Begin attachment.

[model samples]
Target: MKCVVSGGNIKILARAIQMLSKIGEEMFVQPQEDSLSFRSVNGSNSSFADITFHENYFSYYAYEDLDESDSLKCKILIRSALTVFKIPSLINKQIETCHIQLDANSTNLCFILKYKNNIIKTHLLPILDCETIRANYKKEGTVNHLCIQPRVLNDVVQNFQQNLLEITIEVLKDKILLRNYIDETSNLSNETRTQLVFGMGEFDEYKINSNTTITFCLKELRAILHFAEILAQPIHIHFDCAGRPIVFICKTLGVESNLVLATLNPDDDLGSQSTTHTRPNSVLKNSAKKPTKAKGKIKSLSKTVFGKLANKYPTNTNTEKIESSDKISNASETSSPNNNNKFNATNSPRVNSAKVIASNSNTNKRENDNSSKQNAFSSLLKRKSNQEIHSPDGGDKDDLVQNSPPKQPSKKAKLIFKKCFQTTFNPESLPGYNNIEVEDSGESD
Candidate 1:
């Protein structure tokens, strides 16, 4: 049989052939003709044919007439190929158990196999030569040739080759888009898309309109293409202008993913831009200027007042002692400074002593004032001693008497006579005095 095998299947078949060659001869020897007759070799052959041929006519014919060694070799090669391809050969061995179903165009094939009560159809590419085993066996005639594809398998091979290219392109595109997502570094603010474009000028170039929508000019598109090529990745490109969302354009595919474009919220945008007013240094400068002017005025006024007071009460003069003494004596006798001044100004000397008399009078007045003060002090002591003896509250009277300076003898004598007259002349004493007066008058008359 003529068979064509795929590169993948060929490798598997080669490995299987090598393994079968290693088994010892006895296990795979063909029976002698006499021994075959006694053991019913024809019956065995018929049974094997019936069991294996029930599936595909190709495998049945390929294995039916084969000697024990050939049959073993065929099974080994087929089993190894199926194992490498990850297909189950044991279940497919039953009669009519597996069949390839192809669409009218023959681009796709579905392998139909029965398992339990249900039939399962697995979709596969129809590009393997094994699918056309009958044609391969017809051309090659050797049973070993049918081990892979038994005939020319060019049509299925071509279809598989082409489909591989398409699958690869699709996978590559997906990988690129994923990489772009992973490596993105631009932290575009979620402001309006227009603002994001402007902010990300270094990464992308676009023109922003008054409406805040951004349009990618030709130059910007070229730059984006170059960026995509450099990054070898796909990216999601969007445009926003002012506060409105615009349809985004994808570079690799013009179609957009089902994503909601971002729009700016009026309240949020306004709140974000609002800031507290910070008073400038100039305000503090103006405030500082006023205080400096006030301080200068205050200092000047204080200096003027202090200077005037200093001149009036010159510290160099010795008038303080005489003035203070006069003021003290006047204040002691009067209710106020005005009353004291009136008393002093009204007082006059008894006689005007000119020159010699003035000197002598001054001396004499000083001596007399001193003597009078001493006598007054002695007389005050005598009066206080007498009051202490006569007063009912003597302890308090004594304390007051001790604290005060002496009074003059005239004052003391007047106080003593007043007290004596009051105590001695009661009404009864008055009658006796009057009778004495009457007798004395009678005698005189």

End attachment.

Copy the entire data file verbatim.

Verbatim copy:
[model samples]
Target: MKCVVSGGNIKILARAIQMLSKIGEEMFVQPQEDSLSFRSVNGSNSSFADITFHENYFSYYAYEDLDESDSLKCKILIRSALTVFKIPSLINKQIETCHIQLDANSTNLCFILKYKNNIIKTHLLPILDCETIRANYKKEGTVNHLCIQPRVLNDVVQNFQQNLLEITIEVLKDKILLRNYIDETSNLSNETRTQLVFGMGEFDEYKINSNTTITFCLKELRAILHFAEILAQPIHIHFDCAGRPIVFICKTLGVESNLVLATLNPDDDLGSQSTTHTRPNSVLKNSAKKPTKAKGKIKSLSKTVFGKLANKYPTNTNTEKIESSDKISNASETSSPNNNNKFNATNSPRVNSAKVIASNSNTNKRENDNSSKQNAFSSLLKRKSNQEIHSPDGGDKDDLVQNSPPKQPSKKAKLIFKKCFQTTFNPESLPGYNNIEVEDSGESD
Candidate 1:
């Protein structure tokens, strides 16, 4: 049989052939003709044919007439190929158990196999030569040739080759888009898309309109293409202008993913831009200027007042002692400074002593004032001693008497006579005095 095998299947078949060659001869020897007759070799052959041929006519014919060694070799090669391809050969061995179903165009094939009560159809590419085993066996005639594809398998091979290219392109595109997502570094603010474009000028170039929508000019598109090529990745490109969302354009595919474009919220945008007013240094400068002017005025006024007071009460003069003494004596006798001044100004000397008399009078007045003060002090002591003896509250009277300076003898004598007259002349004493007066008058008359 003529068979064509795929590169993948060929490798598997080669490995299987090598393994079968290693088994010892006895296990795979063909029976002698006499021994075959006694053991019913024809019956065995018929049974094997019936069991294996029930599936595909190709495998049945390929294995039916084969000697024990050939049959073993065929099974080994087929089993190894199926194992490498990850297909189950044991279940497919039953009669009519597996069949390839192809669409009218023959681009796709579905392998139909029965398992339990249900039939399962697995979709596969129809590009393997094994699918056309009958044609391969017809051309090659050797049973070993049918081990892979038994005939020319060019049509299925071509279809598989082409489909591989398409699958690869699709996978590559997906990988690129994923990489772009992973490596993105631009932290575009979620402001309006227009603002994001402007902010990300270094990464992308676009023109922003008054409406805040951004349009990618030709130059910007070229730059984006170059960026995509450099990054070898796909990216999601969007445009926003002012506060409105615009349809985004994808570079690799013009179609957009089902994503909601971002729009700016009026309240949020306004709140974000609002800031507290910070008073400038100039305000503090103006405030500082006023205080400096006030301080200068205050200092000047204080200096003027202090200077005037200093001149009036010159510290160099010795008038303080005489003035203070006069003021003290006047204040002691009067209710106020005005009353004291009136008393002093009204007082006059008894006689005007000119020159010699003035000197002598001054001396004499000083001596007399001193003597009078001493006598007054002695007389005050005598009066206080007498009051202490006569007063009912003597302890308090004594304390007051001790604290005060002496009074003059005239004052003391007047106080003593007043007290004596009051105590001695009661009404009864008055009658006796009057009778004495009457007798004395009678005698005189």